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Home > Issues > 2013 > Fall > The Gospel in an LGBT World

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The community is also a tool of conversion. We need to find people already among us who have been there, who have wrestled with God on these issues and found both love and truth.

Everyone craves love. Many people have lived with years of rejection as a result of their sexuality. Unconditional love can heal the hurts they've experienced and point the way to following Jesus in spirit and in truth.

Peyton Jones is the founder of New Breed Church Planting and author of Church Zero (David C. Cook, 2013).

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From Issue:Sexual Tensions, Fall 2013 | Posted: October 14, 2013

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Displaying 5–9 of 14 comments

Dave

December 18, 2013  4:29pm

Very well said...the gospel is for all. Far too often we prefer to be pharisees and judge the fruit before the Spirit has even begun to transform someone. The church (including me) has a horrific record on preaching salvation by grace through faith to the LGBT community. Too often it's a message of change to be acceptable to us before we tell you how to connect with Jesus.

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KATHY JOHNSON

December 18, 2013  11:09am

Beautifully stated and biblically sound. I agree 100%. Thank you for helping me as I struggle with how to love gay people as an expression of--not a compromise of--the Gospel.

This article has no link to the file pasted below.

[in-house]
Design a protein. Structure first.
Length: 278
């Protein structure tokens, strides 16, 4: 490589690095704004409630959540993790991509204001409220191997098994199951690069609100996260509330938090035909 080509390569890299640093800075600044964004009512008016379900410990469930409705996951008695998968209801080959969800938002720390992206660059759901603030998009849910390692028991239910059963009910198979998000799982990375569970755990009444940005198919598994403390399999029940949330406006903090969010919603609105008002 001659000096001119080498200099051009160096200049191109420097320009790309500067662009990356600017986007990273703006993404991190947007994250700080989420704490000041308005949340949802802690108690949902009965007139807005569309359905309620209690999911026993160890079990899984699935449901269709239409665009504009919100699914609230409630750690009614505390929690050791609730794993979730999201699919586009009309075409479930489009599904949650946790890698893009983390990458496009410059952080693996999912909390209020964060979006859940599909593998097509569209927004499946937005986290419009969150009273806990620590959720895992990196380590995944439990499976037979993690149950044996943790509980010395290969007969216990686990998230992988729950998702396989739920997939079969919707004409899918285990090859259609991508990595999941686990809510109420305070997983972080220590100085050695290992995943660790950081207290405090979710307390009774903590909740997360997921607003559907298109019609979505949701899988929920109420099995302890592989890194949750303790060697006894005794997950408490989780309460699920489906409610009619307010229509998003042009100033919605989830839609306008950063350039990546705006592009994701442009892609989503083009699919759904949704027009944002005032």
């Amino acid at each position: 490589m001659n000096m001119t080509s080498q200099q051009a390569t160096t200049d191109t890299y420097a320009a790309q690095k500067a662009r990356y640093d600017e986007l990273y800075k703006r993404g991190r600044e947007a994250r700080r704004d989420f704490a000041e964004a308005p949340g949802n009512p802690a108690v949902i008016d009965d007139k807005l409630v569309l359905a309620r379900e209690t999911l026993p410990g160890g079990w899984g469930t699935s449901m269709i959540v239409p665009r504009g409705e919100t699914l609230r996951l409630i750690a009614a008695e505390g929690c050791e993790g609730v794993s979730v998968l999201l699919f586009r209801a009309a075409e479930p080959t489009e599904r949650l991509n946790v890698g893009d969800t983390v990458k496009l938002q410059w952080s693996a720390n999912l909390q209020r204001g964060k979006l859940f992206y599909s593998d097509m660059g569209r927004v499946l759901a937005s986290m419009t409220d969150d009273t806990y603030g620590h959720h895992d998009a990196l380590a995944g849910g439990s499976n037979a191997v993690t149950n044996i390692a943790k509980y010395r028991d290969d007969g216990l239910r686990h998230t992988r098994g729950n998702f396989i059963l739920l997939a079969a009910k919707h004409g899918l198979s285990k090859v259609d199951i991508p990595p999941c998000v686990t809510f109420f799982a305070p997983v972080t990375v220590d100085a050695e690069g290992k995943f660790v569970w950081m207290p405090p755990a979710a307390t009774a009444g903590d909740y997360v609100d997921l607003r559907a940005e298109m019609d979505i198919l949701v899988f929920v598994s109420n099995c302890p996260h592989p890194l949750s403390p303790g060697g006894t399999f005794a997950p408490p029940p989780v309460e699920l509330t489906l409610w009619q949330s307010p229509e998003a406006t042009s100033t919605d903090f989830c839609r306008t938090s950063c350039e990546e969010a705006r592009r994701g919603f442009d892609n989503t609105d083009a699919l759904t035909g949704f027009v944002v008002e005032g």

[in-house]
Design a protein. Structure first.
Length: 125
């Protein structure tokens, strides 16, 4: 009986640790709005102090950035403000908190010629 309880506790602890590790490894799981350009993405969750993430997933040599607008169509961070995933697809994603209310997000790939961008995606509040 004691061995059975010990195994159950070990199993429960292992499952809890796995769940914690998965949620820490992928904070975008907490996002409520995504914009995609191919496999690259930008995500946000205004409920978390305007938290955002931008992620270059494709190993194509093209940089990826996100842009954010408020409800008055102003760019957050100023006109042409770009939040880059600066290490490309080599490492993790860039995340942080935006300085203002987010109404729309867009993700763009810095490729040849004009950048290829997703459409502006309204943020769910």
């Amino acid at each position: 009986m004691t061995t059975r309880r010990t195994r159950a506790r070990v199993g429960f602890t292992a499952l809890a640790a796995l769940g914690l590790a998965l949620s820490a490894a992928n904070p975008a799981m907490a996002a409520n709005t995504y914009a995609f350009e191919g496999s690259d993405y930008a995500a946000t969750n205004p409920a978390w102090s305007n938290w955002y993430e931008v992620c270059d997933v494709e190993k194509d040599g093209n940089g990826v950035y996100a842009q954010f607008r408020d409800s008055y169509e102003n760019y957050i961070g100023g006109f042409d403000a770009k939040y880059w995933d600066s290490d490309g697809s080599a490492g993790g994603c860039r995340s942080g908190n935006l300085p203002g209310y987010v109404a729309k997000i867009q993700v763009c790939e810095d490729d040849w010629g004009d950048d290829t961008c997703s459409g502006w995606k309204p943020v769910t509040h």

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Adam Krestan

December 16, 2013  8:24pm

What exactly do you mean by "encounter with Jesus"?

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Peyton Jones

December 11, 2013  7:39am

Shannon, I believe if somebody asks a spiritual leader a question, then we are obligated to answer it honestly. I'm not suggesting disingenuity, nor even being silent where God speaks. We'll be starting Romans in the New Year. No getting around those passages, and it's not my role to apologize for what scripture says. The woman that I talked about in the article asked me point blank and we gave her the honest answer. That's what she really wanted. She was in trouble over her soul, and said that she kept getting different answers and wanted to know what God said, not people's opinions. Secondly, as far as attending a church and not repenting, I would gauge where the person is on their spiritual journey. Have they had a spiritual encounter with Jesus yet?

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Adam Krestan

December 07, 2013  8:29pm

While I agree here that we must show endless love to everyone, that we must minister to the sinners, and that we must reach out to the dirty ends of society, to drug users and the like, I do not think it is helpful to diminish in any way the fact that by believing the Gospel, we are giving up every part of ourselves to God, even our homosexuality. It sends the wrong message to people of the current culture when we say "we love you and accept you" alone, because most people today perceive that to mean "we accept you just the way you are, and require no change". The Gospel is both the greatest, most wonderful truth and the greatest, most difficult truth to accept, and when you take away either of those paradoxical ends you cease to have the Gospel at all. The Gospel is all about acceptance, but it is also all about total submission. It is ultimately all about God, not us. I disagree with Bonhoeffer about a pious church. If a church is pious, that means it is focused on God. That's good.

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